“Elapsed in Time” exhibition essay by Chris Lanier

The Capital City Arts Initiative [CCAI] is honored to present Elapsed in Time, an exhibition by artist Jenny Robinson at the CCAI Courthouse Gallery, February 9 – May 18, 2012. In conjunction with the project, media artist and writer Chris Lanier has written the following exhibition essay. CCAI extends its appreciations to Jenny, Chris, guest curator Galen Brown, the Carson City Courthouse, and all those involved in the exhibition.

A Sense of Majesty

The exhibition Elapsed in Time, featuring work by printmaker Jenny Robinson, has a genuine sense of majesty. The prints she has on display are large, most of them over 30 by 50 inches – much larger than the usual print. They command the space they are displayed in, showing off a real technical brio. For Robinson, the scale is mostly a matter of format meeting subject matter. The prints at the CCAI Courthouse Gallery display big, mostly neglected structures: Gasometers, highway underpasses, abandoned rollercoaster tracks, water towers. The structures are massive, but they are also, in the context of their environments, generally unnoticed – hidden either by design or by obsolescence. Robinson’s prints reveal how these giant structures appear after they have stopped being looked after, and stopped being looked at (of course, Robinson herself is still looking).

Robinson works up her prints from sketches that she makes on site, aided by some photo references. Her studio is in the Hunter’s Point Shipyard, an industrial section of San Francisco – a perfect theater for her interest in abandoned architecture. It is a zone of constant dereliction and renewal – buildings that have been empty hulls for years can suddenly vanish, seemingly overnight. Robinson seems drawn to this sort of quixotic moment in a building’s life (a “moment” that can span a decade or more): when a structure that so forcefully asserts its permanence gives evidence of its actual impermanence.

The artist that immediately came to my mind, looking at her prints, was Charles Sheeler (1883-1965), the American photographer and painter (Robinson only became aware of his work a few years ago). Sheeler was fascinated by the formal elements of American industry, photographing Ford’s River Rouge Plant outside Detroit, or making paintings of power stations, under commission by Fortune Magazine. He loved the geometry of the factory, of the machine – recognizing that utilitarian forms can have a great beauty.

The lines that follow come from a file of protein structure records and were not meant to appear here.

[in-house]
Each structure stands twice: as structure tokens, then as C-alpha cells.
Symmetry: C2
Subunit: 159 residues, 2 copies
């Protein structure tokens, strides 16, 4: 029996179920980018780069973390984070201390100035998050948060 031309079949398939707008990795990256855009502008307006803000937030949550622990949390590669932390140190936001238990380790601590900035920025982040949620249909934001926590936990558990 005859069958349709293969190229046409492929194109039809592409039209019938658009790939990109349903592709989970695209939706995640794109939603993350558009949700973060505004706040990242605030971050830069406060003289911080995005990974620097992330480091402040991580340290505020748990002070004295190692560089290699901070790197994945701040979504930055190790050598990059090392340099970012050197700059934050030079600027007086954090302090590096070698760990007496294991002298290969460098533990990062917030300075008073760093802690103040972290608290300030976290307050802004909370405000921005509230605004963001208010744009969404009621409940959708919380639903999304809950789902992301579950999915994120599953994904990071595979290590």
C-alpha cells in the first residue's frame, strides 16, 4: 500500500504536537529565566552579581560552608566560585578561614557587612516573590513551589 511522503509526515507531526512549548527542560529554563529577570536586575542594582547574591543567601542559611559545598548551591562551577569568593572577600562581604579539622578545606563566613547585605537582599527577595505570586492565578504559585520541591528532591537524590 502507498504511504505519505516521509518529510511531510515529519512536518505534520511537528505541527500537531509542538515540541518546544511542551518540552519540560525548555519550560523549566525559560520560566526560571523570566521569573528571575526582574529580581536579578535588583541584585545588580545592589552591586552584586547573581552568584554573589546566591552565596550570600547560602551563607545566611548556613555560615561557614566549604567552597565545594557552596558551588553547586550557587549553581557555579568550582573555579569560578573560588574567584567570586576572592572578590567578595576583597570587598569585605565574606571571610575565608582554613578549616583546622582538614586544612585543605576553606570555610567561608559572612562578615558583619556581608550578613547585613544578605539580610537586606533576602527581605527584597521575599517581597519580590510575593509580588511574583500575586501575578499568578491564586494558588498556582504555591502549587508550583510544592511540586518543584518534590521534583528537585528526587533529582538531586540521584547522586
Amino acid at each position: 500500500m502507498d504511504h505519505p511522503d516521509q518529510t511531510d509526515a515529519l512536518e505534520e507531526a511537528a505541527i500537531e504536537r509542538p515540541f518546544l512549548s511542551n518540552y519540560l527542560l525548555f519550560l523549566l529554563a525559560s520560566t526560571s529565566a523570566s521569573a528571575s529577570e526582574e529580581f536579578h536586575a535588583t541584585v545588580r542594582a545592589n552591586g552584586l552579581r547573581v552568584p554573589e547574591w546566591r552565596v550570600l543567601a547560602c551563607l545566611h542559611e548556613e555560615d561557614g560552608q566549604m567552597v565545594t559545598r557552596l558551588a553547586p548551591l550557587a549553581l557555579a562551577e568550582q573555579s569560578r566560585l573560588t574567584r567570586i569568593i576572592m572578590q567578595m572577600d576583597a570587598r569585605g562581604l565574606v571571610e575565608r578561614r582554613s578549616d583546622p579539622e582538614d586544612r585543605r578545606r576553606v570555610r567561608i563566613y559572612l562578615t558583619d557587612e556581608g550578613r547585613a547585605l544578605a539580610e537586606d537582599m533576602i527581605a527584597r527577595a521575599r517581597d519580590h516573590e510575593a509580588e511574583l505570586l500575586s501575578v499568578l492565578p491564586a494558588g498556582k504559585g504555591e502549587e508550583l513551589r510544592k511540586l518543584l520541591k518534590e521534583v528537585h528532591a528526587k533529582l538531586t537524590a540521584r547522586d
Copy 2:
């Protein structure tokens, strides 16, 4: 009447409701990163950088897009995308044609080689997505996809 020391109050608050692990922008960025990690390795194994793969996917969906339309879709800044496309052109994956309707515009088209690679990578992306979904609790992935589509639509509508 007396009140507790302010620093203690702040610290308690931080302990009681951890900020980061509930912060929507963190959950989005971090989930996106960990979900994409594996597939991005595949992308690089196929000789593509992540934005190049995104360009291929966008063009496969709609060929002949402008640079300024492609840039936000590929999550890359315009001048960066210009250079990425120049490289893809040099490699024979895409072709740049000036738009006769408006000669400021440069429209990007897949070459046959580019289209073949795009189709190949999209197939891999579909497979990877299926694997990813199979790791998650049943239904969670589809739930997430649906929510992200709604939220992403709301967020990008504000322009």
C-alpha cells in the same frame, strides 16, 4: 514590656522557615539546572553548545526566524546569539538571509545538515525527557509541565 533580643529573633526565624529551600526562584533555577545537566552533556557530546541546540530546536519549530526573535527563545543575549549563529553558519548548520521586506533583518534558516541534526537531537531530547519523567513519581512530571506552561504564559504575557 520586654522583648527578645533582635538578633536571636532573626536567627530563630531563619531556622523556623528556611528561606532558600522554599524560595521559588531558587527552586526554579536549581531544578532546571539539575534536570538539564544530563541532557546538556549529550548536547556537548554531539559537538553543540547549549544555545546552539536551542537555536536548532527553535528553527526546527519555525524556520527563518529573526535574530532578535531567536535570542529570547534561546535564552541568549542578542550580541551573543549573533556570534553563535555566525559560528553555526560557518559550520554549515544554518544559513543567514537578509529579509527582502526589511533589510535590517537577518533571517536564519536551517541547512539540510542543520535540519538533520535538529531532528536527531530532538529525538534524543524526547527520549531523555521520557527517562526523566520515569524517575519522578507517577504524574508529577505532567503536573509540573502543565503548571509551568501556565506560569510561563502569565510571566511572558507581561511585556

Of course, Sheeler’s paintings and photos are invested with a sense of industrial optimism, even utopianism. Several decades later, that utopian dream has shaded into something of a hangover. If Robinson’s prints do not offer a direct rebuke to Sheller’s industrial images, they certainly offer a skeptical aside, or an interesting tonal counterpoint. Both artists give their subjects a frank monumentality, but where the geometry of Sheeler’s buildings seems clear and clean, Robinson’s prints are soaked in an atmosphere of corrosion. Rust colors, streaks and speckled textures not only describe the surfaces of the structures, they extend into and infect the empty air around them. The space surrounding the buildings is often clotted, heavy with dark ink. While the structures remain standing, their edges fend off the weight of that ink, staving off a final collapse into black obscurity. The prints seem like they have been etched on the sides of flattened oil drums, the stains of their toxic contents bleeding through.

Though the texture of the prints almost revels in toxicity, Robinson has cultivated a non-toxic printing process. There is a degree of self-preservation to adopting non-toxic methods: “In England, when I went to college, I’m sure it knocked ten years off my life. We never had any ventilation, we were breathing up the acids as we made our plates.” When she moved to California, about a decade ago, there was more “green” consciousness about such processes, which pointed her toward new techniques.